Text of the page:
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Publication numberUS8069683 B2
Publication typeGrant
Application numberUS 12/159,026
PCT numberPCT/US2006/003211
Publication dateDec 6, 2011
Filing dateJan 27, 2006
Priority dateJan 27, 2006
Also published asCN101336357A, EP1977175A1, EP1977175A4, US20080314055, WO2007086871A1
Publication number12159026, 159026, PCT/2006/3211, PCT/US/2006/003211, PCT/US/2006/03211, PCT/US/6/003211, PCT/US/6/03211, PCT/US2006/003211, PCT/US2006/03211, PCT/US2006003211, PCT/US200603211, PCT/US6/003211, PCT/US6/03211, PCT/US6003211, PCT/US603211, US 8069683 B2, US 8069683B2, US-B2-8069683, US8069683 B2, US8069683B2
InventorsAlexander Lifson
Original AssigneeCarrier Corporation
Export CitationBiBTeX, EndNote, RefMan
External Links: USPTO, USPTO Assignment, Espacenet
Refrigerant system unloading by-pass into evaporator inlet
US 8069683 B2
Abstract
A refrigerant system has at least one unloader valve selectively communicating refrigerant between the compressor compression chambers and a point upstream of the evaporator. When the compressor is run in unloaded mode, partially compressed refrigerant is returned to a point upstream of the evaporator. In an unloaded mode, a higher refrigerant mass flow rate passes through the evaporator, as compared to prior art where the by-passed refrigerant was returned downstream of the evaporator. This increases system efficiency by more effectively returning oil which otherwise might be left in the evaporator back to the compressor. Also, the amount of refrigerant superheat entering the compressor in unloaded operation is reduced as compared to the prior art compressor systems, wherein the by-passed refrigerant is returned directly to the compressor suction line. Reduced refrigerant superheat increases system efficiency, improves motor performance and reduces compressor discharge temperature. Also, by moving the unloader line further away from the compressor, the compressor replacement is simplified as there is no connecting unloader line directly in front of the compressor.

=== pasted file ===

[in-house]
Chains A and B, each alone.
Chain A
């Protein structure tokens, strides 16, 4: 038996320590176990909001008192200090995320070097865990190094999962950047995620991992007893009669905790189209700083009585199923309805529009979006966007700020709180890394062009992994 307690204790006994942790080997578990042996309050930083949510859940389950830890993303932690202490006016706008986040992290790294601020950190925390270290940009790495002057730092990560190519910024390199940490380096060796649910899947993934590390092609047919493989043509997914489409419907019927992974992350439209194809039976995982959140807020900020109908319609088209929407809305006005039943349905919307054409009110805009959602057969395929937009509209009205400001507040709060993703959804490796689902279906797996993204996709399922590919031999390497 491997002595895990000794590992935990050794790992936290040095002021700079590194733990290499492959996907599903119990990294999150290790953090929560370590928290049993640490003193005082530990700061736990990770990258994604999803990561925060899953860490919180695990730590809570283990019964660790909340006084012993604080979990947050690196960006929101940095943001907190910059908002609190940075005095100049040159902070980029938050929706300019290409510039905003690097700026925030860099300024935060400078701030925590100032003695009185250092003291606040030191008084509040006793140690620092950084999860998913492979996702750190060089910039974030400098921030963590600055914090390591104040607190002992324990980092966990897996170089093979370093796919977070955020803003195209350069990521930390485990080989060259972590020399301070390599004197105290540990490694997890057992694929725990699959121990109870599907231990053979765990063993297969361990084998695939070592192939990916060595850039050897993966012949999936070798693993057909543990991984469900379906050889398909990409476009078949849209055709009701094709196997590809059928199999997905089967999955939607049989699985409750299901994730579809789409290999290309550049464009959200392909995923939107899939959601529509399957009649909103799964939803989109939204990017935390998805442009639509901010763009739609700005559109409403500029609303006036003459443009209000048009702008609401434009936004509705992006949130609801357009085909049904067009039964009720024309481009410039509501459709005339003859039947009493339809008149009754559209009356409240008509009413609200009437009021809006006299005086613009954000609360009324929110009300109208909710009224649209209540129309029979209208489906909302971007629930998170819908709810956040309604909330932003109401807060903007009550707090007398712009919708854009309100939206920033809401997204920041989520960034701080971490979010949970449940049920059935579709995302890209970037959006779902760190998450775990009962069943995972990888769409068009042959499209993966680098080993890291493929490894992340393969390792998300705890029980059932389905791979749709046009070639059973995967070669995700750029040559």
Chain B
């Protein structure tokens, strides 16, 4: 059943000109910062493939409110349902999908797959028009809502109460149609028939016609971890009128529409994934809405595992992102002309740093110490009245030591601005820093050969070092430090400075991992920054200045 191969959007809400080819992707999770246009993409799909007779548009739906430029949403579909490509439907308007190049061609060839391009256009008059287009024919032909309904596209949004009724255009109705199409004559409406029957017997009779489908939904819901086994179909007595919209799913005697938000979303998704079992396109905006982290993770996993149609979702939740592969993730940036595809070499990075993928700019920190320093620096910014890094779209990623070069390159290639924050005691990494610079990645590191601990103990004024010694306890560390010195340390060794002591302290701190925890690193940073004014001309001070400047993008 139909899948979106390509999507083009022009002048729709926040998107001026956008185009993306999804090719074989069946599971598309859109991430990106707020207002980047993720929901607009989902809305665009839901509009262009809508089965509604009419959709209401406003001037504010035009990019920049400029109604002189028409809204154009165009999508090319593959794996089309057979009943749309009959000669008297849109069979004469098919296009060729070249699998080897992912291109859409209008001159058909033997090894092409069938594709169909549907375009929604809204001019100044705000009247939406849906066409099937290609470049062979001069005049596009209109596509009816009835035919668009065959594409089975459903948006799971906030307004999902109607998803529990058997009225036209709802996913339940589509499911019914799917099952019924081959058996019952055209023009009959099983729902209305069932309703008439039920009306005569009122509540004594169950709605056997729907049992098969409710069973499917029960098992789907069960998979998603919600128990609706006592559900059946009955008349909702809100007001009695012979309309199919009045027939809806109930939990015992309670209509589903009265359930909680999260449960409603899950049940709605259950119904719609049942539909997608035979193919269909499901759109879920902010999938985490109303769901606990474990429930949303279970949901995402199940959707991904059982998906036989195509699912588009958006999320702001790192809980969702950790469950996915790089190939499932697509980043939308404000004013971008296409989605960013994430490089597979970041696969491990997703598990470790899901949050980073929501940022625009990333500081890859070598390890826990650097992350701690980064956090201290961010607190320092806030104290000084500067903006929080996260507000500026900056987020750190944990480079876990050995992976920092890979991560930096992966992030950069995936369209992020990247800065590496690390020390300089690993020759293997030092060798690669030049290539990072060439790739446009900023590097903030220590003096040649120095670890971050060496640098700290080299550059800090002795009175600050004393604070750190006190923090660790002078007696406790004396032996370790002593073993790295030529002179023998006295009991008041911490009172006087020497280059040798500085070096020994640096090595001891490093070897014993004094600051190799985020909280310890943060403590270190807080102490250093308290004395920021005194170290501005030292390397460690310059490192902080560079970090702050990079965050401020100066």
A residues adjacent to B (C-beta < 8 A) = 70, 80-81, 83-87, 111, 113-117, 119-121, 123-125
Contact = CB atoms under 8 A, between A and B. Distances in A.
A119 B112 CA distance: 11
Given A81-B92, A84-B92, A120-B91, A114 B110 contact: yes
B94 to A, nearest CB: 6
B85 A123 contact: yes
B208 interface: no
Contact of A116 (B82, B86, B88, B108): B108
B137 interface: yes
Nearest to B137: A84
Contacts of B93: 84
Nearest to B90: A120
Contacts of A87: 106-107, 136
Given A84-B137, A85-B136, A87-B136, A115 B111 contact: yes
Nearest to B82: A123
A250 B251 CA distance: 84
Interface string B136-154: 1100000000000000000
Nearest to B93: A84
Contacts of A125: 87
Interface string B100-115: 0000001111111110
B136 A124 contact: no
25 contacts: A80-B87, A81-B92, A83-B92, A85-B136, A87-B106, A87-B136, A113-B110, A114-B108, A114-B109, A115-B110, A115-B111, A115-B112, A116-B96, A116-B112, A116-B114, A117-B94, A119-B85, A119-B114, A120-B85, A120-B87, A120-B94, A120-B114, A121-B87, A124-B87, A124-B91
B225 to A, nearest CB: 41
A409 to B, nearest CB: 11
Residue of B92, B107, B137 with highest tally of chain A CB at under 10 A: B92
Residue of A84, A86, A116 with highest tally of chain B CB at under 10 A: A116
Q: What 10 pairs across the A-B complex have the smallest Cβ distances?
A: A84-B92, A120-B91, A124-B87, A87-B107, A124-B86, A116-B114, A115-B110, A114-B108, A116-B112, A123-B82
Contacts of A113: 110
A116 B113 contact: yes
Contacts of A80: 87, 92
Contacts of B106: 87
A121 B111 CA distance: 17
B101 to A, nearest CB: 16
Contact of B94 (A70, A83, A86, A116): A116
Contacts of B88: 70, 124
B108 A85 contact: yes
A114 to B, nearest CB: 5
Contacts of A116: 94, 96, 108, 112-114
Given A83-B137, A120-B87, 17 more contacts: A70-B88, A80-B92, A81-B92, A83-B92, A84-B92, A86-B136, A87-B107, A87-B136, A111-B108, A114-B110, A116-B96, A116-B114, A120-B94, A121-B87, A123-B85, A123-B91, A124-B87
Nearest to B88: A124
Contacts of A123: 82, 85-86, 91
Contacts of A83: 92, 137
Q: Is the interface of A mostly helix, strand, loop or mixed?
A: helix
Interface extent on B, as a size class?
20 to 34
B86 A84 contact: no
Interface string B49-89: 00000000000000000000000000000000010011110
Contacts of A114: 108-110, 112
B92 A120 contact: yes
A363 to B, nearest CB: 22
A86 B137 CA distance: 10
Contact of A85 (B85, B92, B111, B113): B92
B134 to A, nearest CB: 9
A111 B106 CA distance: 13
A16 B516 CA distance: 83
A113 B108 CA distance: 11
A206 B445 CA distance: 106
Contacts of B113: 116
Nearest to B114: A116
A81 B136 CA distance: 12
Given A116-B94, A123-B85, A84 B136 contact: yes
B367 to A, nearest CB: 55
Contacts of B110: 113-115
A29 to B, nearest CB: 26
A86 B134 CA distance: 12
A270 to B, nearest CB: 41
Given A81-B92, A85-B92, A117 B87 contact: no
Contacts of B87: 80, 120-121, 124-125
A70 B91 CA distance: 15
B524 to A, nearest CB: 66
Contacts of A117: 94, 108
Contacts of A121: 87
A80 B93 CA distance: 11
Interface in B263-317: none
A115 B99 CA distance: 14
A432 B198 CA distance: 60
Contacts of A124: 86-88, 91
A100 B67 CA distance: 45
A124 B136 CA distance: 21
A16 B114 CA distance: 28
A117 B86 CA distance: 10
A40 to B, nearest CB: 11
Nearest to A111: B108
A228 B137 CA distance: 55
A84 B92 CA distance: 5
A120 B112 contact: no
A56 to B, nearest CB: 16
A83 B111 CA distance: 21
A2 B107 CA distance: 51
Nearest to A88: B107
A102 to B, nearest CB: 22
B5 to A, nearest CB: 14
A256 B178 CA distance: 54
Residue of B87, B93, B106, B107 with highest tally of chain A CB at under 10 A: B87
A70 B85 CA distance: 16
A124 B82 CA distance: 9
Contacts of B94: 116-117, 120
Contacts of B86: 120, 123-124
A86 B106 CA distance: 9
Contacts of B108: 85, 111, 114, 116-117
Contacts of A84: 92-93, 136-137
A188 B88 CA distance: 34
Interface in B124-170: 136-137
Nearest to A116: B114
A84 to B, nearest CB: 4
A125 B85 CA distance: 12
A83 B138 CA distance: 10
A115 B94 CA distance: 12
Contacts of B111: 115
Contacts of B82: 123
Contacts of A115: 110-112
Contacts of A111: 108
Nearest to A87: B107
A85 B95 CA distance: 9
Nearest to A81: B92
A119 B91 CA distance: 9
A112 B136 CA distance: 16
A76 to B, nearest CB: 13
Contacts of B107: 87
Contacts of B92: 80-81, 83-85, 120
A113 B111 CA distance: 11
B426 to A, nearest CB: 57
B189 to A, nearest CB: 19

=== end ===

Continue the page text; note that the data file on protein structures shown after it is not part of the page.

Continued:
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Claims(15)
1. A refrigerant cycle:
a compressor;
said compressor having an outlet providing a refrigerant to a condenser, said condenser providing refrigerant to a main expansion device, refrigerant moving from said main expansion device to an evaporator, and a compressor suction inlet downstream of said evaporator;
at least one unloader valve for selectively communicating a compressed refrigerant from said compressor from at least one intermediate compression point to a point upstream of said evaporator; and
there being two unloader valves communicating a compressed refrigerant from said compressor from two intermediate compression points to at least one point upstream of the said evaporator.
2. The refrigerant cycle as recited in claim 1, wherein said at least one unloader valve is a solenoid valve.
3. The refrigerant cycle as recited in claim 1, wherein said at least one unloader valve is a rapidly cycling valve.
4. The refrigerant cycle as recited in claim 1, wherein said compressor is a scroll compressor.
5. The refrigerant cycle as recited in claim 1, wherein said compressor is a screw compressor.
6. The refrigerant cycle as recited in claim 1, wherein said at least one unloader valve is positioned in a by-pass passage mounted outwardly of a compressor housing.
7. The refrigerant cycle as recited in claim 1, wherein said at least one unloader valve is positioned in a by-pass passage mounted inwardly of a compressor housing.
8. The refrigerant cycle as recited in claim 1, wherein a sensor is positioned downstream of said evaporator, and upstream of said suction inlet to said compressor, said sensor controlling said main expansion device to achieve a desired amount of superheat at an outlet of said evaporator.
9. The refrigerant cycle as recited in claim 1, wherein said one unloader valve communicates refrigerant from an intermediate compression point back to said point upstream of said evaporator.
10. A refrigerant cycle:
a compressor;
said compressor having an outlet providing a refrigerant to a condenser, said condenser providing refrigerant to a main expansion device, refrigerant moving from said main expansion device to an evaporator, and a compressor suction inlet downstream of said evaporator;
at least one unloader valve for selectively communicating a compressed refrigerant from said compressor from at least one intermediate compression point to a point upstream of said evaporator;
there bring two unloader valves communicating a compressed refrigerant from said compressor from two intermediate compression points, where the first unloader valve communicates to a point upstream of the said evaporator and the second unloader valve communicates to a point downstream of the said evaporator.
11. A refrigerant cycle comprising:
a scroll compressor pump unit having compression chambers;
at least one port passing into said compression chambers;
said compressor pump unit having an outlet providing a refrigerant to a condenser, said condenser providing refrigerant to a main expansion device, and said refrigerant moving from said main expansion device to an evaporator, and a suction inlet being provided back to said compressor downstream of said evaporator;